Fitness to practise regime “can deal with incompetent lawyers”

Nichols: Regulators face stark choice

There must be a “third way” of ensuring that qualified lawyers are competent without relying on disciplinary proceedings, the director of regulation and policy at the Legal Services Board (LSB) has said.

Chris Nichols said legal regulators currently faced a “stark choice” between “not doing very much” when they were alerted to a competence problem and making it a conduct issue.

He said there was “a big imbalance” between the resources devoted by legal regulators to “pre-qualification assurance” as compared with ongoing competence after qualification.

Speaking at a virtual conference organised by software supplier Access recently, he said there was also a “mismatch” between consumers’ expectation that checks were in place, and the reality.

Mr Nichols said that what concerned him the most was that “in the even in the most extreme cases”, such as where a regulator was alerted by judges over competence issues, the regulator cannot in practice address it as such – only as misconduct.

“There must be a third way of looking at competence,” he said.

The Legal Services Act 2007 provides for the power to introduce a fitness to practise regime, and there have been calls on the Solicitors Regulation Authority to establish one as a way of dealing with solicitors whose misconduct has arisen from mental health problems.

The LSB issued a call for evidence on continuing competence last autumn, and in a report on responses in February said it would be going ahead with action to ensure regulators introduced checks.

Mr Nichols said that following the call for evidence it was “clear that something has to change” and regulators would have to do more.

He said they must be clear on what was expected in terms of competence and needed to “be open and think creatively” about what evidence could be used to identify individuals of concern.

Regulators would need a process to ensure that something could be addressed as a competence issue, using measures such as mandatory training, supervision or conditions on the lawyer’s practising certificate.

But Mr Nichols stressed too that any system had to be proportionate and targeted, and not put an “undue burden” on the vast majority of practitioners, about whom there were no competence issues.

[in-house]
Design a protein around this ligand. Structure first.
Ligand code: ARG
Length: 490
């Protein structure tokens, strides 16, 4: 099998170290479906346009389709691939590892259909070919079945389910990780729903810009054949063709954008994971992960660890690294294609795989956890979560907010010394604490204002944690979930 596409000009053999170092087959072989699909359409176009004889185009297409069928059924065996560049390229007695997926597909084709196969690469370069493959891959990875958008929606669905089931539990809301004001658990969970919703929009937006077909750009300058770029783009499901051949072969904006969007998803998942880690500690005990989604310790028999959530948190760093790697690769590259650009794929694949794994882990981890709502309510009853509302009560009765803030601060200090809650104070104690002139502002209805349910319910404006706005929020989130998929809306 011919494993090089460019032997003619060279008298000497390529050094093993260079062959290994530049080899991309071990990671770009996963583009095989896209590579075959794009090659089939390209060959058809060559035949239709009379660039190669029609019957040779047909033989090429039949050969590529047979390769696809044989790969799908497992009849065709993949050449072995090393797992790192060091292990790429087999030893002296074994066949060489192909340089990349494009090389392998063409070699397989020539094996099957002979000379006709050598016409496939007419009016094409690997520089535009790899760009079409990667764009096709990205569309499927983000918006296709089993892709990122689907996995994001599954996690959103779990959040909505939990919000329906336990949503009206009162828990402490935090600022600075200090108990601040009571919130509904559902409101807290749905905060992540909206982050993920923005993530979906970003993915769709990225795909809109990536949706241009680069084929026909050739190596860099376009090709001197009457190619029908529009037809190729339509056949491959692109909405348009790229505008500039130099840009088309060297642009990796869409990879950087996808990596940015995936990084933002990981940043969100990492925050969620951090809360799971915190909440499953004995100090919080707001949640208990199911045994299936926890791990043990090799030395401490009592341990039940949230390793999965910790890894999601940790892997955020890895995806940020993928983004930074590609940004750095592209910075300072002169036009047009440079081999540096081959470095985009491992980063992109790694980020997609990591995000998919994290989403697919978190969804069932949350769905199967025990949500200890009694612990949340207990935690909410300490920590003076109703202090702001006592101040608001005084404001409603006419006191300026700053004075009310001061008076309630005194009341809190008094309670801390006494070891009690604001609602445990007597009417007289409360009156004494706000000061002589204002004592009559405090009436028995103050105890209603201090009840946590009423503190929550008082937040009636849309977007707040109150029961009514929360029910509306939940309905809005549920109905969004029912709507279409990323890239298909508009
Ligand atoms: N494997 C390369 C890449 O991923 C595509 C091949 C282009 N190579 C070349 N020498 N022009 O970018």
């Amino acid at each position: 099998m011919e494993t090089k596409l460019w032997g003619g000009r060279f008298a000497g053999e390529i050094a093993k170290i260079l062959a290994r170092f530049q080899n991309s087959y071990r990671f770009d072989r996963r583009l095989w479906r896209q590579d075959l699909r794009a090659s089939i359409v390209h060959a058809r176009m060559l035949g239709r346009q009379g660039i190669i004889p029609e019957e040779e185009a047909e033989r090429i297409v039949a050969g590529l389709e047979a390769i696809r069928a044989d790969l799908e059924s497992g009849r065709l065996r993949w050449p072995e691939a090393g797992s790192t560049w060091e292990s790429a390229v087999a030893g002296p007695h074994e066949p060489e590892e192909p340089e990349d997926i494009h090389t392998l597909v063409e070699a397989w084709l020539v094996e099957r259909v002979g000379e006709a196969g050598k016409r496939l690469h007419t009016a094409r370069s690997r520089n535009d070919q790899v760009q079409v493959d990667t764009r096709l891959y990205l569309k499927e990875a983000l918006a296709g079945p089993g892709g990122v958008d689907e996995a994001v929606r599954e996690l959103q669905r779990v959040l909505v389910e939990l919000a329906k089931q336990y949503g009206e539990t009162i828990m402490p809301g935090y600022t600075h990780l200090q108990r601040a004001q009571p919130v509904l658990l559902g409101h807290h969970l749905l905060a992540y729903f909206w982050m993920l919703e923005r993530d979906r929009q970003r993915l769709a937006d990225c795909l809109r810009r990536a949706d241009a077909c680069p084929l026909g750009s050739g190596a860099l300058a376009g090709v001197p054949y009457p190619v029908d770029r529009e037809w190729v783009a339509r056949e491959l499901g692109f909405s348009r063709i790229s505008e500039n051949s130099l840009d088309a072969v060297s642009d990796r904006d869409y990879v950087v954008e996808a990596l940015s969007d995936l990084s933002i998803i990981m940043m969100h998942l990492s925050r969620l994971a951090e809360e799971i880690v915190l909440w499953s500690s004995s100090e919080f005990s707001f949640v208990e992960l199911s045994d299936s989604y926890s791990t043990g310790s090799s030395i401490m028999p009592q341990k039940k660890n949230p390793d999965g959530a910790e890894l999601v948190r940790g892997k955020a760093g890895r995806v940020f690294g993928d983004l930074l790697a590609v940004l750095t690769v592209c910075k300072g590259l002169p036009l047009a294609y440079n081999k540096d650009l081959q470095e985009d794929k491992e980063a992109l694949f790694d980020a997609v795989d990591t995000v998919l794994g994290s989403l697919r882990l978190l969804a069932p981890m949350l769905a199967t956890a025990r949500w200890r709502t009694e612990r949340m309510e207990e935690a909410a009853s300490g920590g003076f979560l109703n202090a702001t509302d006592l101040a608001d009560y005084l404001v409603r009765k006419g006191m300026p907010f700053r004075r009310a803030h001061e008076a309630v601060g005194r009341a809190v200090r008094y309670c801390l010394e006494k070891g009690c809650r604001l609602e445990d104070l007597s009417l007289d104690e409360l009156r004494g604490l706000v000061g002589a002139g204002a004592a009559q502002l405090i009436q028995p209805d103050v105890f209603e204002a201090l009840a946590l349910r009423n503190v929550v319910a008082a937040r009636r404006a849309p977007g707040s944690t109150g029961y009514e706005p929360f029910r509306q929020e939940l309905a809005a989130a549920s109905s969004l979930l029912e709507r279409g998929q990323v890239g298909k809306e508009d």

Later, in a discussion on ensuring the quality of legal services, Mr Nichols said he was “worried about the chilling effect” of the way in which the Trustpilot libel case, involving the law firm Summerfield Browne, was reported in the media following the High Court ruling in January awarding the firm £25,000 in damages.

Despite “quite alarming” headlines, Mr Nichols said he did not believe the case was of such wide application and most members of the public were “very savvy” about consumer reviews.

Paul McFadden, who took office earlier this year as chief ombudsman at the Legal Ombudsman (LeO), said comparison websites were “here to stay” and “anything that restricts that or has a chilling effect is in my view a negative”, a view shared by Sarah Chambers, chair of the Legal Services Consumer Panel.

However, Chris Handford, director of regulatory policy at the Solicitors Regulation Authority, reckoned it would not put off consumers from leaving feedback.

He said consumers had been “quite keen” to post reviews on Trustpilot saying they did not agree with the review at issue in the libel case.

“All the evidence is that firms can benefit from negative feedback, as long as they address it in the right way.”

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